Ghazal 191, Verse 5


is nazaakat kaa buraa ho vuh bhale hai;N to kyaa
haath aave;N to u;Nhe;N haath lagaa))e nah bane

1) may evil/bad come upon this delicacy! if she's kind/good, then so what?
2) if she would come to hand, then a hand couldn't be laid upon her!



Composing this verse, the author has shown a picture of delicacy. There's no doubt at all that the word nazaakat is wrong, because naazuk is a Persian word, and he has made its abstract form nazaakat according to the Arabic pattern. But the Urdu users blindly follow the Persian elders in doing this; thus in Urdu too from chaahnaa they've made chaahat , and from rang , rangat ; and the idiom, and the usage of elders, have made all these words correct. (215)

== Nazm page 215

Bekhud Dihlavi:

He says, 'Her utter delicacy has left her incapable of this-- so that if she would fall into the hands of any ardent lover, then no ardent lover would be able to succeed in obtaining union'. (274)

Bekhud Mohani:

She has a good temperament, but she's so delicate that no longing can be fulfilled. Even if she would be obtained, then through fear of her delicacy nothing would be able to be achieved. He's said it in such a way that the beloved's imagined picture begins to pass before the eyes.

[Disapproving of Nazm's attitude:] The usage of elders and the entry into the idiom is itself an absolute proof of a word's eloquence [fa.saa;hat]. The elders of Iran kept an eye on the scope of their language, and proved themselves to be renewers. They never failed to use this [ability], although there wasn't as much necessity for creating words in Persian as there is in Urdu. But what cure is there-- the worthy commentator is bemoaning this! And he considers it necessary to make the language dead, and to narrow the circle of its scope! (375)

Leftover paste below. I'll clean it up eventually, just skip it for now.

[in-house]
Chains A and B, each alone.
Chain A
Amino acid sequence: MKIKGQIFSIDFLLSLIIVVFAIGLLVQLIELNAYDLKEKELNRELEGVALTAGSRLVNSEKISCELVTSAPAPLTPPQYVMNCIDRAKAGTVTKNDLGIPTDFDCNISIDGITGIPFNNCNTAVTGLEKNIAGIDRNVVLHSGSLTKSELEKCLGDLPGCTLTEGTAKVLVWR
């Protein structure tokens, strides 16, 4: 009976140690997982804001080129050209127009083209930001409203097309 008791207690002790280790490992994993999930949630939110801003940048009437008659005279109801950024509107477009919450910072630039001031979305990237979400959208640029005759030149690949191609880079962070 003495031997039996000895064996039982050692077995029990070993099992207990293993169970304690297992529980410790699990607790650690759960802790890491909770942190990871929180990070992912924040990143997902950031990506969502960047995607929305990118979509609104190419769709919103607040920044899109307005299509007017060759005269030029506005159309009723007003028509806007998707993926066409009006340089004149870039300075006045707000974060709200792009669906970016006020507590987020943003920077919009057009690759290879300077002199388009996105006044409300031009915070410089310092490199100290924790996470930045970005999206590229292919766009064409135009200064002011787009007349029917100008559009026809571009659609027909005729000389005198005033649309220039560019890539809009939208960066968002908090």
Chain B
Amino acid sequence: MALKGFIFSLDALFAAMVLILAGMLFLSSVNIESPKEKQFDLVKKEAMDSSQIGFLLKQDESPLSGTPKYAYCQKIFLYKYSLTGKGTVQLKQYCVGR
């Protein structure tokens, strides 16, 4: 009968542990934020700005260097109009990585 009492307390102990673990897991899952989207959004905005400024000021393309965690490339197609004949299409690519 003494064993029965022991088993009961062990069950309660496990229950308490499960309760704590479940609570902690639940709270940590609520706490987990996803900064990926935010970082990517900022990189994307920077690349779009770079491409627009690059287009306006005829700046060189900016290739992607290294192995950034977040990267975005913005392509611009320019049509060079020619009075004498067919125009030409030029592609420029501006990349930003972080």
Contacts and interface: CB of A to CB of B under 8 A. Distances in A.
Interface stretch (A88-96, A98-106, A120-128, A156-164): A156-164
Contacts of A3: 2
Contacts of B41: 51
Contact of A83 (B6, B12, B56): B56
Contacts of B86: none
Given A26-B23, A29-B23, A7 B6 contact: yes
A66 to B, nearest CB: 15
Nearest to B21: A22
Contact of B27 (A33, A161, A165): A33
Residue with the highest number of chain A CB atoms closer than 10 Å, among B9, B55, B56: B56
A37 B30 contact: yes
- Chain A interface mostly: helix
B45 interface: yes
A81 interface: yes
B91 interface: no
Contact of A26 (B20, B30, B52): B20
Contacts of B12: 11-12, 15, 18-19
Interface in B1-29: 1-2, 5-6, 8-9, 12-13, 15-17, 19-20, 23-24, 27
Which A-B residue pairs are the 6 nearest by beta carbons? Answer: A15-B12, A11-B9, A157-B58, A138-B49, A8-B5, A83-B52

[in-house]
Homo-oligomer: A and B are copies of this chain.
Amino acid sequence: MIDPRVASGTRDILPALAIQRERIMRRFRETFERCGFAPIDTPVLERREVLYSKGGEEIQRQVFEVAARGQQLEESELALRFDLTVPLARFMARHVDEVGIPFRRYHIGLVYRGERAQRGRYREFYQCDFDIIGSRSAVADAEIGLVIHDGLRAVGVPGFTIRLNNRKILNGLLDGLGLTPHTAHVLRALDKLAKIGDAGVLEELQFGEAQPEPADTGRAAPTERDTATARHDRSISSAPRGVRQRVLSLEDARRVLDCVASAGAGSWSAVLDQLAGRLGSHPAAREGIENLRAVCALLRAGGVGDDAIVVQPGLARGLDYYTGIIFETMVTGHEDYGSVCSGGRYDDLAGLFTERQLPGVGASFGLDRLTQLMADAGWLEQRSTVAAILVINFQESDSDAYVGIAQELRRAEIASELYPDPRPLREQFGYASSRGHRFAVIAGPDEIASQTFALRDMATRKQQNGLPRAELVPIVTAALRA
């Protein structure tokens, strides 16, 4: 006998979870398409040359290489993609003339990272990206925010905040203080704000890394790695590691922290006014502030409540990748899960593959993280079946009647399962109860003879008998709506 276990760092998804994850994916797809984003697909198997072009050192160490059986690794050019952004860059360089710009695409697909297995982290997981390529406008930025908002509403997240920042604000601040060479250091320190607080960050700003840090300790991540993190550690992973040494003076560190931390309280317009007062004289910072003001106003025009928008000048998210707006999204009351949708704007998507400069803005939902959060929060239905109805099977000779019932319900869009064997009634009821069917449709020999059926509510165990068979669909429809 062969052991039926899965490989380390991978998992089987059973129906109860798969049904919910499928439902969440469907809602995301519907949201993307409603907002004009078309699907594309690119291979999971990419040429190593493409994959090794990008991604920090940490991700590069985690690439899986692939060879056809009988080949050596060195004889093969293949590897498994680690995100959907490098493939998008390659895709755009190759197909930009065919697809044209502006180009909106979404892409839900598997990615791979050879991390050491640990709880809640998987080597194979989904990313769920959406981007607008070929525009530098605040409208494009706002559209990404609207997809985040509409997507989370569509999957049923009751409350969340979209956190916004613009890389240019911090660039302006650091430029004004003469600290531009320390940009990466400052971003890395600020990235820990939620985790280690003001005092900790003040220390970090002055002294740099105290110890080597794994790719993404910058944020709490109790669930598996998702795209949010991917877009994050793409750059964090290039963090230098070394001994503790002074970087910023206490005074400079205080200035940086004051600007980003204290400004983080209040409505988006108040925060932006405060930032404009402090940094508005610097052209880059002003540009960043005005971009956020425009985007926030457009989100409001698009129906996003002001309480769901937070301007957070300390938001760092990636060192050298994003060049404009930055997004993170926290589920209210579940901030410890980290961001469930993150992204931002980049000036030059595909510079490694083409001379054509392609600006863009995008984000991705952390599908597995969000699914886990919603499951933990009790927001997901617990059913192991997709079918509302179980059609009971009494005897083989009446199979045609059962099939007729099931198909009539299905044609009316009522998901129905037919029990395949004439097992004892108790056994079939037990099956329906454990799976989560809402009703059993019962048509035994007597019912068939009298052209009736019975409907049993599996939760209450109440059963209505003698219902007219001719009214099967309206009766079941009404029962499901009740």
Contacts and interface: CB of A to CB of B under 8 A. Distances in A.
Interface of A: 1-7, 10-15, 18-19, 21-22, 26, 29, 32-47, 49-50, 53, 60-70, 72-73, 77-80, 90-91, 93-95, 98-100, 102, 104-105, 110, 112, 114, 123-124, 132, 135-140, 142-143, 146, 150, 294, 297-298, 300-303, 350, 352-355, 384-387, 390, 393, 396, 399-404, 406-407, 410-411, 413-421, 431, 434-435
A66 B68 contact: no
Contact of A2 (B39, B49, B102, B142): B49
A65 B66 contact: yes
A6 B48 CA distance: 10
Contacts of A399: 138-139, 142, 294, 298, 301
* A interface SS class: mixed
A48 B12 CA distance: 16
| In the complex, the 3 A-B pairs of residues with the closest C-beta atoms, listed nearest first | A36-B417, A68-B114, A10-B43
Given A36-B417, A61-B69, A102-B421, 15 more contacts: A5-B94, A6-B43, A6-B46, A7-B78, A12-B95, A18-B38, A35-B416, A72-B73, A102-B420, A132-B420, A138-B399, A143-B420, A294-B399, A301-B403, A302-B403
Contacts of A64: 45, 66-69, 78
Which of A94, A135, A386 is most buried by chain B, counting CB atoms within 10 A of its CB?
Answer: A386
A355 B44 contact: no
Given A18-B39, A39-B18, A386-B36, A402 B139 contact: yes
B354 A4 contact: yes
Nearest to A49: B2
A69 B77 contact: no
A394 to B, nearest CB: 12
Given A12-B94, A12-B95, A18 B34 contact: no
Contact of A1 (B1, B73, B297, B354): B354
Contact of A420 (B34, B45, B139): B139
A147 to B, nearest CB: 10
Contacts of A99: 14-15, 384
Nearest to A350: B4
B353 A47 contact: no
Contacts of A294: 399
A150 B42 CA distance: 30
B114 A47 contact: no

A verse of Sayyid Insha's too on this theme is worthy of comparison:

nazaakat us gul-e ra((naa kii dekho ai inshaa
nasiim-e .sub;h jo chhuu jaa))e rang ho mailaa

[look at the delicacy of that attractive rose, oh Insha
if the dawn breeze would touch it, the color would be soiled] (316)


GOOD/BAD: {22,4}

Arshi, who usually doesn't give many diacritics, provides a zer that marks the first word of the verse as is rather than us . In this case, it doesn't seem to make much difference.

On the idiomatic grammar of nah bane expressions, see {191,8}.

Ghalib naturally doesn't expect us to subsist for more than one verse without wordplay-- in contrast to the prosy {191,4}, this one offers us good/bad in the first line, and also in the second line the two even more enjoyably different idiomatic uses of haath , which I've tried to capture through more or less similar English expressions.

In this verse, the beloved's extreme delicacy seems to be a kind of sadistic cosmic joke on the lover, for which the beloved is blameless; if anything, she is (or at least might be) 'kind', rather than complicit in such cruelty to the hapless lover. Compare {20,3}, in which the same delicacy is the basis of a teasing bit of repartee directed at the beloved herself-- it's made to call into question not only her physical strength, but also her moral fiber.

Compare also Mir's more vivid and sensuous take on the untouchable delicacy of the beloved: M{759,5}. And even more appropriately, Mir's equal show of exasperation at the situation: M{1457,3}.